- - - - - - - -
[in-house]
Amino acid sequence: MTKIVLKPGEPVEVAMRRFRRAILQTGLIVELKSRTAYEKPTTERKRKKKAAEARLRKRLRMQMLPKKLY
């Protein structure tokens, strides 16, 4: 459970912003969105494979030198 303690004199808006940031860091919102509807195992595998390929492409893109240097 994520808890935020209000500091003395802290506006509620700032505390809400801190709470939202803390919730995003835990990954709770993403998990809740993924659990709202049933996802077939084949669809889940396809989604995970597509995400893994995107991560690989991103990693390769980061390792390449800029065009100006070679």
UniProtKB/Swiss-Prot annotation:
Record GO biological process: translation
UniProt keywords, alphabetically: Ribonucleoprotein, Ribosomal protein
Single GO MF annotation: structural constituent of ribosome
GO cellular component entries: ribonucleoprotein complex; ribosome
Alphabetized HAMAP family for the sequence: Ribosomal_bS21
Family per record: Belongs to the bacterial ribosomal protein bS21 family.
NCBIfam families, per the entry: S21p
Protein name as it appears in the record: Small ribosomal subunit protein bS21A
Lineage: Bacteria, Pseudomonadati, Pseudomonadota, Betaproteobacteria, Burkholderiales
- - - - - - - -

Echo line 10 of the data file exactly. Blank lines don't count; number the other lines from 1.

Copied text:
Family per record: Belongs to the bacterial ribosomal protein bS21 family.